Dwelling on injustices, bad behaviour and modern day dilemmas.

Shelley Bridgeman: Why didn't anyone help Nigella?

Domestic goddess Nigella Lawson.
Domestic goddess Nigella Lawson.

Evidently, nobody came to Nigella Lawson's assistance when her husband, Charles Saatchi, grabbed her throat.

He later described it as a "playful tiff" but most people agree that in the photographs it looks more like an instance of domestic violence perpetrated against the domestic goddess.

What's known as the bystander effect has been widely suggested as an explanation for people's lack of action at the time. According to Psychology Today, the bystander effect "occurs when the presence of others hinders an individual from intervening in an emergency situation".

There are two driving forces behind this phenomenon. The first is "diffusion of responsibility" which means that because there were so many witnesses to this event no one of them felt particular ownership of problem.

The second is "social influence"; where "individuals in a group monitor the behaviour of those around them to determine how to act".

Taking cues from others is a very useful habit. In some cases it's even a survival instinct - if, for example, this social influence urges us to join a crowd of people rushing from some (as yet) unidentified danger. And, we experience something akin to the bystander effect when we encounter excessive turbulence on an aircraft. If the cabin crew member still has that serene half-smile on her face and the other passengers aren't visibly panicked then we feel reassured.

I suspect the social influences at work in this upscale London restaurant were more complicated than in most settings. In fact, it's probably one of the least likely places you could expect someone to intervene on a private matter. There may have been a "Leave it out, Guv" at the ready at a London pub or a "What are you doing, Bro?" at the KFC in Tokoroa but there was no third party intervention when Saatchi manhandled Britain's sexiest woman over 50 that night.

Restaurants in themselves are a type of theatre. The set is highly decorated. The props (glasses and cutlery) are well polished. We are out in public. There's a prescribed code of behaviour. Manners and social graces are involved. The cast members (diners and staff alike) know exactly what's required of them. And so when Saatchi went off script nobody knew what to do. This effect was only underscored by the upscale nature of this particular restaurant and its clientele.

Scott's was described by Tatler as the "reservation everyone wants, from Cheryl Cole to Piers Morgan to Michael Caine". It's where diners sip Pomegranate Royales, scoff Beluga and sour cream on blinis - and congratulate themselves on being among London's A-listers. No one ordered up a side of domestic violence with their risotto primavera that night so the British did what they do best. They kept calm and carried on while the author of Be the Worst You Can Be: Life's Too Long for Patience and Virtue grabbed his wife, safe in the knowledge that he would not be challenged.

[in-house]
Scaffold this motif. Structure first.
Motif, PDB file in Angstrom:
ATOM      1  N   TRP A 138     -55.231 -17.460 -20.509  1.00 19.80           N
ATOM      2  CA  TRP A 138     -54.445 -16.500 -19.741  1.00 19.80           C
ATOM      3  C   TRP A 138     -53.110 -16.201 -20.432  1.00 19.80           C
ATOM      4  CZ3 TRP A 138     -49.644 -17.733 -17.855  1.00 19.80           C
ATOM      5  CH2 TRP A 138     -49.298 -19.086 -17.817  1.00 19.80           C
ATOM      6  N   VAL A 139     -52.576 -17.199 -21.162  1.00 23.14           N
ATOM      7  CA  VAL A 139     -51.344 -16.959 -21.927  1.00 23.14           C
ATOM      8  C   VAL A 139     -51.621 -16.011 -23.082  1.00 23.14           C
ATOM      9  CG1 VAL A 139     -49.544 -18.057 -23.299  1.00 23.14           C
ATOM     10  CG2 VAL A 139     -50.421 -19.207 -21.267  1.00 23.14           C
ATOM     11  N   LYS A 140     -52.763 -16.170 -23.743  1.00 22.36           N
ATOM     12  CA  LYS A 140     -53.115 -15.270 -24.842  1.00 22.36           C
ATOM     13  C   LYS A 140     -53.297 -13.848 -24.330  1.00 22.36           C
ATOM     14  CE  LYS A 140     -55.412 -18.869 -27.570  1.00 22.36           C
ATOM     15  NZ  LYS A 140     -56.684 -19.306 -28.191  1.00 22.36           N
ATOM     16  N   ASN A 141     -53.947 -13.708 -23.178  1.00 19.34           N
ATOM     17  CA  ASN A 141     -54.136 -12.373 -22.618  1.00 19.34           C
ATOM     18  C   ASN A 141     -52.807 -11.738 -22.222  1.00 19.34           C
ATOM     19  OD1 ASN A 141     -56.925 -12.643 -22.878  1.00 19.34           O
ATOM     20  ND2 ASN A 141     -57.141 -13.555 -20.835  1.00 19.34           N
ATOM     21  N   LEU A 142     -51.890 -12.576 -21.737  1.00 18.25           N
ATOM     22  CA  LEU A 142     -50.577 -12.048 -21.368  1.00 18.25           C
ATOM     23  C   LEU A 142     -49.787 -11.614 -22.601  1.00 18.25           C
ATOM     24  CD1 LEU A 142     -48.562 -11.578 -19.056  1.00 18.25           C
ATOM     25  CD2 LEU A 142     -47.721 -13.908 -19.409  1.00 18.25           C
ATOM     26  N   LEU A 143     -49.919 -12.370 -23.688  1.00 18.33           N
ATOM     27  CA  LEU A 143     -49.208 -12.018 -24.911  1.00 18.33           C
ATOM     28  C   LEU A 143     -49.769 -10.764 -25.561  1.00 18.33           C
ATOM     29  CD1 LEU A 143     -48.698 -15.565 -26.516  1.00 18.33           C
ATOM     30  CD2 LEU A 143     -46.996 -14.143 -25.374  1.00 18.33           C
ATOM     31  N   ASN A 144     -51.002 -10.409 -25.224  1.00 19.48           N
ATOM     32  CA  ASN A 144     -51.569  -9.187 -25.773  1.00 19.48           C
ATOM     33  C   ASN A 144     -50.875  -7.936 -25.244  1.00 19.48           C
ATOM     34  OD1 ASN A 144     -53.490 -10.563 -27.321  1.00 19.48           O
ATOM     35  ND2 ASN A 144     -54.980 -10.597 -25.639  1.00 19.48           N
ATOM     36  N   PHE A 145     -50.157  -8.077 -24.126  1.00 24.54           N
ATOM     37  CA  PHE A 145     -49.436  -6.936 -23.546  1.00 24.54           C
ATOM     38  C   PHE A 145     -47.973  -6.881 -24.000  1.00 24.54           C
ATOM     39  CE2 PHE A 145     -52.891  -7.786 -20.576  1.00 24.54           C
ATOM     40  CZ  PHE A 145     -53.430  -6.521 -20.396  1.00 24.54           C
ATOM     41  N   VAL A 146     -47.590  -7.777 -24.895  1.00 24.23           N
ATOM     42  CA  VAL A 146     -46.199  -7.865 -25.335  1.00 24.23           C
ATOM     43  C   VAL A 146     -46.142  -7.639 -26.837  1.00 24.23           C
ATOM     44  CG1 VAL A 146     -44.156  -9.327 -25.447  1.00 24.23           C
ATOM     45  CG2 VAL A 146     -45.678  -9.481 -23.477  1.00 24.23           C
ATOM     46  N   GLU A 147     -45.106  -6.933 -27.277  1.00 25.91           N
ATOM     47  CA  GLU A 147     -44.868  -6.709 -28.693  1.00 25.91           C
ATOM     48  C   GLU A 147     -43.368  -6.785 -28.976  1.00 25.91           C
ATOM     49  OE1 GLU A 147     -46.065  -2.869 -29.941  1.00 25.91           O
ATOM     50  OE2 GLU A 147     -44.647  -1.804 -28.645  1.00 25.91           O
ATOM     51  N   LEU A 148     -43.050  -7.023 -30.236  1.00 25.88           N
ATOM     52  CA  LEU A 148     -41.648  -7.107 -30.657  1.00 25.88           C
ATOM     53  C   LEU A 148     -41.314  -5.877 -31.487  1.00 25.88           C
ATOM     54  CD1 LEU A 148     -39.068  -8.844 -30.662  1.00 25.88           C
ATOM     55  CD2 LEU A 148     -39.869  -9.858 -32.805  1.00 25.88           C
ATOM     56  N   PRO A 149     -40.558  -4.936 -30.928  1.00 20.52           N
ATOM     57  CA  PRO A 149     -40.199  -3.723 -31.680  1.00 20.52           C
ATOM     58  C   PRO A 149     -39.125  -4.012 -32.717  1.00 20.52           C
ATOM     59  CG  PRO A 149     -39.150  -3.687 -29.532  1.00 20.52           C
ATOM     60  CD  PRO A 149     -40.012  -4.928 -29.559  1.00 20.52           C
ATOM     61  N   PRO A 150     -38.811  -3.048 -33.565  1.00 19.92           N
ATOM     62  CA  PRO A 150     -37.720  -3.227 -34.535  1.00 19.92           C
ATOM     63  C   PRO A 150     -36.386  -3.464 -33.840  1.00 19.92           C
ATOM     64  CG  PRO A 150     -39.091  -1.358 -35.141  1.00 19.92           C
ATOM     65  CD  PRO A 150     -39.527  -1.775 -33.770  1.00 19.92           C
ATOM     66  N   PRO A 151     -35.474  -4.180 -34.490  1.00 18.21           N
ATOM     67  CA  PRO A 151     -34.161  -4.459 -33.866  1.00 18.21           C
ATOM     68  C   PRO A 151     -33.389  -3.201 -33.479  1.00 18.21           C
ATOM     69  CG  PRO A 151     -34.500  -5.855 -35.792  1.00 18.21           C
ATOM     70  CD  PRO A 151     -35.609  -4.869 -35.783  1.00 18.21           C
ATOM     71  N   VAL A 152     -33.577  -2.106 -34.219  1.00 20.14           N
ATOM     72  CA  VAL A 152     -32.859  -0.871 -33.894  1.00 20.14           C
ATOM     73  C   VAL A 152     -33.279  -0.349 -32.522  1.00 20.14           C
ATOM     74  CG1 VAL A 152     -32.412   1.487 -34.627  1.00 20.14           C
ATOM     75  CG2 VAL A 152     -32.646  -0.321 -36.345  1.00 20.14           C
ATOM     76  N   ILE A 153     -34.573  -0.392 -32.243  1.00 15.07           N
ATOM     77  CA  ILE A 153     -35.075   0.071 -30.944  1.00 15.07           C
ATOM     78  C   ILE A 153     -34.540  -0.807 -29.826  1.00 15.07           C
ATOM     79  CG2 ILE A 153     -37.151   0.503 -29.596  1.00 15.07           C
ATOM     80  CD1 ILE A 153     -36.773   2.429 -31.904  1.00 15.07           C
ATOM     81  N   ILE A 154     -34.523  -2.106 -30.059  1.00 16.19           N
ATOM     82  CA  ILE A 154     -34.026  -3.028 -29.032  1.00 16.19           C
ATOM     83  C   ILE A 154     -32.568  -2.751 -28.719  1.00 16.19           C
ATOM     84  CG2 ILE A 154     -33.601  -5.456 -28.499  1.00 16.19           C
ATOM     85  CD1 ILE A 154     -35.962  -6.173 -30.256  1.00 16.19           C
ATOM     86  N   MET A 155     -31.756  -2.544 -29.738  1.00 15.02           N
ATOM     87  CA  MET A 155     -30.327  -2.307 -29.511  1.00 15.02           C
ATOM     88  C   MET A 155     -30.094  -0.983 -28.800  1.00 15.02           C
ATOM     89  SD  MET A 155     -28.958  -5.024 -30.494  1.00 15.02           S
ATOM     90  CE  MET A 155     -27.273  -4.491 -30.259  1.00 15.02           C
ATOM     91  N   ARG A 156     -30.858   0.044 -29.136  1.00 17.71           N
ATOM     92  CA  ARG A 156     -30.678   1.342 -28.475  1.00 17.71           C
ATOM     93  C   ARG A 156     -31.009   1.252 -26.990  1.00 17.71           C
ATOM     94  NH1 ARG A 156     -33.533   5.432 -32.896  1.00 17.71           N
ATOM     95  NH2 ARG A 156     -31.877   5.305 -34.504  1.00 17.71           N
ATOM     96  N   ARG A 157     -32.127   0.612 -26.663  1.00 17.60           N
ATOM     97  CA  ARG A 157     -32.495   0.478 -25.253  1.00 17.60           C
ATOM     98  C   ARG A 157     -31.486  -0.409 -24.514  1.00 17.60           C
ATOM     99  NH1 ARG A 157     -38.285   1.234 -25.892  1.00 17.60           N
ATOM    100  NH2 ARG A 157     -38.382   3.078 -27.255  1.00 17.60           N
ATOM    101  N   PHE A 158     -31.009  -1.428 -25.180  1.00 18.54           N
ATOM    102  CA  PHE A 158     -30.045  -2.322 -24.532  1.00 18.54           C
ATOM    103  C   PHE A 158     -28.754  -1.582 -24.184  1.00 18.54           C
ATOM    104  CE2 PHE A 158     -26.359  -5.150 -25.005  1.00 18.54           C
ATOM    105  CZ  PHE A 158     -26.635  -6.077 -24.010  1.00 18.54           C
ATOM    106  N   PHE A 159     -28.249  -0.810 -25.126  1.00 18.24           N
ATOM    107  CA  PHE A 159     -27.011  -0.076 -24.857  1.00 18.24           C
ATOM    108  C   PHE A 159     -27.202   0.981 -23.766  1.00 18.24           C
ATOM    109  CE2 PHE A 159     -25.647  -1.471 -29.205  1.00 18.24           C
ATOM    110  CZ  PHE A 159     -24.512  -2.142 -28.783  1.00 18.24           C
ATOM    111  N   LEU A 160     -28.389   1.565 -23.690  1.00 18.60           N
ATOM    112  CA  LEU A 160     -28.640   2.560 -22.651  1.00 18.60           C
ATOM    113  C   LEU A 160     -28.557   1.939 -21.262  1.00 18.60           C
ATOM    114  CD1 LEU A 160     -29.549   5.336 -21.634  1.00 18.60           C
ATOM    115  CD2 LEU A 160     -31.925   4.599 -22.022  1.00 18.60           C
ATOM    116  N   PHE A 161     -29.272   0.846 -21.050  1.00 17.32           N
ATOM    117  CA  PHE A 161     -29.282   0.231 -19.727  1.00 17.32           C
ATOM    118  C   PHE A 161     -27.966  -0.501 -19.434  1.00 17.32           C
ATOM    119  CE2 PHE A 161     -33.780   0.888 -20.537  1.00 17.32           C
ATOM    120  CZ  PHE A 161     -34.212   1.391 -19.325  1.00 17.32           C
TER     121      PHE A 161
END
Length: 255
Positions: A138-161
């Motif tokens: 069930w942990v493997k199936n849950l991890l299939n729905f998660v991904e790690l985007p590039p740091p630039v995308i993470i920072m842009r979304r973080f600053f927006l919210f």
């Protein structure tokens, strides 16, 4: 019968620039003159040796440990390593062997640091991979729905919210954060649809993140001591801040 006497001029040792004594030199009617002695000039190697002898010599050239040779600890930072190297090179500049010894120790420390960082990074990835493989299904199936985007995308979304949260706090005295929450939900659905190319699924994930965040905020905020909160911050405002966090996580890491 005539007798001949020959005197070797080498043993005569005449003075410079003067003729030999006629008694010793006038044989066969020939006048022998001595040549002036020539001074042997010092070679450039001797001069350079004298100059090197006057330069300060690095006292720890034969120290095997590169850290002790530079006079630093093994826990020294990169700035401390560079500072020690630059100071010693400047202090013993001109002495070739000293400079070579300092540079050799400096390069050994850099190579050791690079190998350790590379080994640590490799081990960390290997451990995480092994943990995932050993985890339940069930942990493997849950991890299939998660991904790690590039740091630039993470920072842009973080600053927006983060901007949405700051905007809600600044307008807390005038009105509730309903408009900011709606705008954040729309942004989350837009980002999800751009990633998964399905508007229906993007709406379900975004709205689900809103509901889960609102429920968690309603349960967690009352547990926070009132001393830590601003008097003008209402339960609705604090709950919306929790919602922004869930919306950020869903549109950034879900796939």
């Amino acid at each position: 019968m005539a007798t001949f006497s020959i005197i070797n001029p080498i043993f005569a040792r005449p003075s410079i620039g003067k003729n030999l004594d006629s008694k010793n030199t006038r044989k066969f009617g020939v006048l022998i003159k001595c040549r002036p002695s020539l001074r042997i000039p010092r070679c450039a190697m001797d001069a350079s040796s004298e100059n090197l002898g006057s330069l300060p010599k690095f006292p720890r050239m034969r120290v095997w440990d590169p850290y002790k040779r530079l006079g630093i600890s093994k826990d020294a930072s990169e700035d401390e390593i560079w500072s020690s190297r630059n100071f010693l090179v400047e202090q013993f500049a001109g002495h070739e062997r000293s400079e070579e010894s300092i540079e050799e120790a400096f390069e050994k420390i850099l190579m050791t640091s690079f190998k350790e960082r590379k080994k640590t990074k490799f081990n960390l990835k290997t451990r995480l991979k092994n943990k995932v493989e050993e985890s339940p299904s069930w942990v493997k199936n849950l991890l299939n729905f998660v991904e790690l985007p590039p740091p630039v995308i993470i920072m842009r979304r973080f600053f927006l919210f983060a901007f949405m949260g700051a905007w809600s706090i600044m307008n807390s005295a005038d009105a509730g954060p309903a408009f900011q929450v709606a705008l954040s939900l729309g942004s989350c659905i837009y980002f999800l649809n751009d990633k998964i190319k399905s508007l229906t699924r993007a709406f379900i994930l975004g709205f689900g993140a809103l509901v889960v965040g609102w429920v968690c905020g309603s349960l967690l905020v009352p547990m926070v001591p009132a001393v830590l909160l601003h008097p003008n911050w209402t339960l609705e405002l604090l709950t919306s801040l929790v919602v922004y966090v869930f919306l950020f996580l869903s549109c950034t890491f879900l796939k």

For all we know, there was ennui at work as well. Scott's was said to be the couple's favourite restaurant. Were diners and staff accustomed to witnessing this sort of behaviour? Was it only the good timing of the paparazzi lens that shifted this from business as usual to front page news?

People's reluctance to interfere with what we used to call "domestics" is well documented and often criticised. Yet has that traditional reticence morphed into something else as we strive to be broadminded and sophisticated? Perhaps there's an acknowledgement that everyone's relationship is different, that marriages may operate in strange and diverse ways, at play here.

Was the Fifty Shades of Grey effect to blame? Thanks to E.L. James' trilogy of racy novels, millions of us are much more aware of, er, unusual arrangements than we once were. We have been introduced to the finer points of dominance and submission. The back cover of the first book of this series reads "she finds him very attractive and deeply intimidating" and he "is tormented by inner demons, and consumed by the need to control". Did diners at Scott's initially think they were witnessing some sort of role play at work?

I'm not trying to trivialise the event, and I'm not saying the Saatchi-Lawson incident necessarily possessed similarities to the fictional hook-up between Christian Grey and Anastasia Steele. My point is that those modern day diners in upscale London might have had a lot of factors to grapple with before feeling comfortable about getting out of their seat to offer Nigella assistance - especially if it was (as Nick Clegg controversially speculated it may have been) "a fleeting thing".

Why do you think nobody intervened to help Nigella? Was it the bystander effect or were other forces at play? What would you have done if you'd witnessed it?

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Dwelling on injustices, bad behaviour and modern day dilemmas.

Shelley Bridgeman is a truck-driving, supermarket-going, horse-riding mother-of-one who is still married to her first husband. As a Herald online blogger, she specialises in First World Problems and delves fearlessly into the minutiae of daily life. Twice a week, she shares her perspective on a pressing current issue and invites readers to add their ten cents’ worth to the debate.

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